Brown leaf tips are lack of humidity or direct sun too long. Yellow leaf could be a bacteria issue but it’s probably just too much moisture or the plant soil is not draining. This can lead to root rot from sitting in water for too long. If this is the case just allow the soil to dry out and stop watering it. At this point you may consider fresh soil and repotting into a well draining soil with plenty of perlite mixed in.
How do you make Tradescantia bushy?
Simply pinch it back. Trim the branches just above the node or knobby part of the stem. Don’t worry because behind each current leaf there is a node where a new leaf will emerge causing the new growth to bush out rather than get leggy. You can also take the cuttings and place them in the soil with at least one node under the top of the soil where it will begin to root. This process may take a month but you just fixed your problem.
How often do you water a Tradescantia?
Water only when the top of the soil gets dry. It is a succulent and it can go weeks without water. Going that long with water is not advised but your Tradescantia is capable of surviving extended periods without water.
What is bright indirect light?
This simply means not to place your Tradescantia in the direct sunlight. Keep it in a room that is bright during the day. If you lack bright light then a simple grow light will work but keep it at a good distance and not right up on the plant as it will scorch the leaves.
Is Tradescantia a fast growing plant?
Yes, once established, a Tradescantia can be somewhat aggressive. The growing conditions and time of year play a role in how fast it will grow. In nature it is a creeping ground cover.
Is Tradescantia toxic to pets?
Studies have shown that the plant contains an irritant in its sap and if ingested it is toxic for a pet. However, we have not seen any records of a pet dying due to a run in with Tradescantia. At worst, you may notice an allergic skin reaction and mild complications for even the handler. So keep the plant away from your pets. Always wash your hands after coming in contact with the plant.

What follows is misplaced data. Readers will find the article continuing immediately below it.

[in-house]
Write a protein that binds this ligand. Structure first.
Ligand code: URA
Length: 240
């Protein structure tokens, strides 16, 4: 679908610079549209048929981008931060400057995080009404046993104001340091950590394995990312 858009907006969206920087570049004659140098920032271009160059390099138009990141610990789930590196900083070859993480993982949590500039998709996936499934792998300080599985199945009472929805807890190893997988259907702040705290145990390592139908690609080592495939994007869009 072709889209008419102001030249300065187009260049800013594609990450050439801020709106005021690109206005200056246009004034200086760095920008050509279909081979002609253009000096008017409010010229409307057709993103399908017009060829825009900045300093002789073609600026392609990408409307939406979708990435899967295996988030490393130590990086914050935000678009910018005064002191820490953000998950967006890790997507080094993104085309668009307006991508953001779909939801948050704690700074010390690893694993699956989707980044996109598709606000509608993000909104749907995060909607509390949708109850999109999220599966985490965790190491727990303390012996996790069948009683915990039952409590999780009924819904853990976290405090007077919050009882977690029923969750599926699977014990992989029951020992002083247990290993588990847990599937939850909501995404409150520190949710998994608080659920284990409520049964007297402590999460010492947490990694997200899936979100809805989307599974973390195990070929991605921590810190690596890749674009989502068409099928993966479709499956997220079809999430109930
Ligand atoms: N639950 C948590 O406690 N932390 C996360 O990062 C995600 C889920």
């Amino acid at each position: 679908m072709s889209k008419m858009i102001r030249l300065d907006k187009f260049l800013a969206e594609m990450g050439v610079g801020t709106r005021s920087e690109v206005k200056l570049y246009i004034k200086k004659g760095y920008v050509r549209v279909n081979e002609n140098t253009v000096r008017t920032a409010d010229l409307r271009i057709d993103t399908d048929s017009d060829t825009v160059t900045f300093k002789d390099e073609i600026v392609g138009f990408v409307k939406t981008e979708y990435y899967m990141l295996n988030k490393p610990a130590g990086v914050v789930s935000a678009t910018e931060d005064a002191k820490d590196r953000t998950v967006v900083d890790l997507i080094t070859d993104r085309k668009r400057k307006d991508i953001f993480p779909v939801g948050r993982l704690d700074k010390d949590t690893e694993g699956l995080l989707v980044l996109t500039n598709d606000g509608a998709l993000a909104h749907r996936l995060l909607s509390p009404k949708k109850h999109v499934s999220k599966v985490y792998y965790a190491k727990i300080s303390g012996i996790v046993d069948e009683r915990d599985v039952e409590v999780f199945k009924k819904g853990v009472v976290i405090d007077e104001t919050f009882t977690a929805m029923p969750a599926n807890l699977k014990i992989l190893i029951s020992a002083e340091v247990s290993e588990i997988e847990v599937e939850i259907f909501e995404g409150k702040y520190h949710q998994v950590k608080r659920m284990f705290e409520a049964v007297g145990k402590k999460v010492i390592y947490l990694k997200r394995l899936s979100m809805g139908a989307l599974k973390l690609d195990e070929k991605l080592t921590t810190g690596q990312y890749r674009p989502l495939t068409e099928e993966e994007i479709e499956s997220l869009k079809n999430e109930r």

How Fast does Tradescantia Grow?
The answer is really fast. If you want to give your plant a good boost just water it!! Really, in the Spring keep the soil watered and it will take off.
If you want it to grow slower let the soil dry out. Tradescantia has similarities to succulents, it can handle dry soil conditions well in the winter months.
Why is my Tradescantia Leggy?
This could be due to a couple of issues. First, you want your plant in a light area and not to be dark all day. It needs at least eight hours of light per day.
Second, you need to prune it. By pruning and clipping off the leggy long stems it will cause the plant to branch rather than trailing. Then filling it out for you.
***Pro Tip – you can transplant your Tradescantia Pink Nanouk cuttings into the planter to help fill it out too.
After a few weeks the cutting should start to root inside the soil of the pot. This is a quick way to fill in a bare spot inside your house plant planter.
Why is my Tradescantia Turning Brown?
One reason your Tradescantia is turning brown is due to damage done by bruising or insects.
Something has possibly run into your plant and now you are seeing “bruising” taking place.
Insects like slugs can be in your potting mix, slugs will leave streaks and holes with brown spots as well.
Browning could also be a way that your Nanouk is telling you “too much water” causing rot to set in.
Let your potting mix dry out in the pot for a week or so if your soil is too wet.
Why is my Nanouk Dying?
3 reasons your Nanouk will want to die. First, not enough filtered light and too cold.
The right conditions need to be met for the Tradescantia to thrive. Remember 8 hours of light and temps above 55 degrees F.
Second, you are watering it too much. Let the top layer of soil dry out before watering again.
Keeping the soil too wet will cause your plant to rot and die.
Lastly, too rich of soil. Do not over fertilize your Tradescantia Pink Nanouk. The nanouk is self-containing really.
It doesn’t need much on the scientific fertilization side. Just let it do its thing when in doubt. Do not add any fertilizer if you are unsure of what you are doing.
It’s better not to add anything at all.
Why is my Tradescantia Turning Yellow?
Your Tradescantia nanouk turns yellow when the leaves are about to fall off.